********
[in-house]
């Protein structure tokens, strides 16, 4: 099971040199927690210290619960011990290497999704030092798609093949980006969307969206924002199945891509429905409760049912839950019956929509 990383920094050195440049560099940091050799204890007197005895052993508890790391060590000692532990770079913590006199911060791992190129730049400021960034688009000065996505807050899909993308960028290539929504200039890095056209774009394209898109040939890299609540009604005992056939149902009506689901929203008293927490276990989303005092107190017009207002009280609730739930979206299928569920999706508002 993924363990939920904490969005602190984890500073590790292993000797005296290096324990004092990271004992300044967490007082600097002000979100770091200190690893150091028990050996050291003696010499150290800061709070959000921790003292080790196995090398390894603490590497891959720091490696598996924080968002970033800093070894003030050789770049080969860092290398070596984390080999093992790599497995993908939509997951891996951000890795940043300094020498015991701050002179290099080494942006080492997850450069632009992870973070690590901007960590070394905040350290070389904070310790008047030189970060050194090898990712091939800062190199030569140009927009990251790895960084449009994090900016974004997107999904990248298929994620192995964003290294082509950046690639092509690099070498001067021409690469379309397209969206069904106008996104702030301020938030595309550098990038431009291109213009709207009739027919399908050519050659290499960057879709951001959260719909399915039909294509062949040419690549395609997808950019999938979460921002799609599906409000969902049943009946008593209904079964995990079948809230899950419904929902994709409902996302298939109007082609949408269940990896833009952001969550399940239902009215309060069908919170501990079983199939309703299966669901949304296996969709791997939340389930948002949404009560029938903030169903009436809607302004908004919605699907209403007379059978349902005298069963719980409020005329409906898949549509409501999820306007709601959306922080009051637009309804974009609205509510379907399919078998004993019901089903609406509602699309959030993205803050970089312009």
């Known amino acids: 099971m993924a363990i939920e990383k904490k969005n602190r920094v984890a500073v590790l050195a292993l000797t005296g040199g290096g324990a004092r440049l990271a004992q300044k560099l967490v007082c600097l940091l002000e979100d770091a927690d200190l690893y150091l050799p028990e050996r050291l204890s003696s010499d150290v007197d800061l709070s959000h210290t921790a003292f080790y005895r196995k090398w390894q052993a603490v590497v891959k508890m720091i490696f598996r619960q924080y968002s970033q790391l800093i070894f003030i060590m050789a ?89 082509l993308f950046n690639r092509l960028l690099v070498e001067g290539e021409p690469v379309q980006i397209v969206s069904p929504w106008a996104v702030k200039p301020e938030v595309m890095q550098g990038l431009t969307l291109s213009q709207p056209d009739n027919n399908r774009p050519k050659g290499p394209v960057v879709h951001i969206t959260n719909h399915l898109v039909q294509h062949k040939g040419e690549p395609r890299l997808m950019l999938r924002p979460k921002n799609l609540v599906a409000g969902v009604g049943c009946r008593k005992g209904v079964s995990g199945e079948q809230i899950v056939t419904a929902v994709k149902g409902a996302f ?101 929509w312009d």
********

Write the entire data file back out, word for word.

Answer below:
[in-house]
């Protein structure tokens, strides 16, 4: 099971040199927690210290619960011990290497999704030092798609093949980006969307969206924002199945891509429905409760049912839950019956929509 990383920094050195440049560099940091050799204890007197005895052993508890790391060590000692532990770079913590006199911060791992190129730049400021960034688009000065996505807050899909993308960028290539929504200039890095056209774009394209898109040939890299609540009604005992056939149902009506689901929203008293927490276990989303005092107190017009207002009280609730739930979206299928569920999706508002 993924363990939920904490969005602190984890500073590790292993000797005296290096324990004092990271004992300044967490007082600097002000979100770091200190690893150091028990050996050291003696010499150290800061709070959000921790003292080790196995090398390894603490590497891959720091490696598996924080968002970033800093070894003030050789770049080969860092290398070596984390080999093992790599497995993908939509997951891996951000890795940043300094020498015991701050002179290099080494942006080492997850450069632009992870973070690590901007960590070394905040350290070389904070310790008047030189970060050194090898990712091939800062190199030569140009927009990251790895960084449009994090900016974004997107999904990248298929994620192995964003290294082509950046690639092509690099070498001067021409690469379309397209969206069904106008996104702030301020938030595309550098990038431009291109213009709207009739027919399908050519050659290499960057879709951001959260719909399915039909294509062949040419690549395609997808950019999938979460921002799609599906409000969902049943009946008593209904079964995990079948809230899950419904929902994709409902996302298939109007082609949408269940990896833009952001969550399940239902009215309060069908919170501990079983199939309703299966669901949304296996969709791997939340389930948002949404009560029938903030169903009436809607302004908004919605699907209403007379059978349902005298069963719980409020005329409906898949549509409501999820306007709601959306922080009051637009309804974009609205509510379907399919078998004993019901089903609406509602699309959030993205803050970089312009």
């Known amino acids: 099971m993924a363990i939920e990383k904490k969005n602190r920094v984890a500073v590790l050195a292993l000797t005296g040199g290096g324990a004092r440049l990271a004992q300044k560099l967490v007082c600097l940091l002000e979100d770091a927690d200190l690893y150091l050799p028990e050996r050291l204890s003696s010499d150290v007197d800061l709070s959000h210290t921790a003292f080790y005895r196995k090398w390894q052993a603490v590497v891959k508890m720091i490696f598996r619960q924080y968002s970033q790391l800093i070894f003030i060590m050789a ?89 082509l993308f950046n690639r092509l960028l690099v070498e001067g290539e021409p690469v379309q980006i397209v969206s069904p929504w106008a996104v702030k200039p301020e938030v595309m890095q550098g990038l431009t969307l291109s213009q709207p056209d009739n027919n399908r774009p050519k050659g290499p394209v960057v879709h951001i969206t959260n719909h399915l898109v039909q294509h062949k040939g040419e690549p395609r890299l997808m950019l999938r924002p979460k921002n799609l609540v599906a409000g969902v009604g049943c009946r008593k005992g209904v079964s995990g199945e079948q809230i899950v056939t419904a929902v994709k149902g409902a996302f ?101 929509w312009d």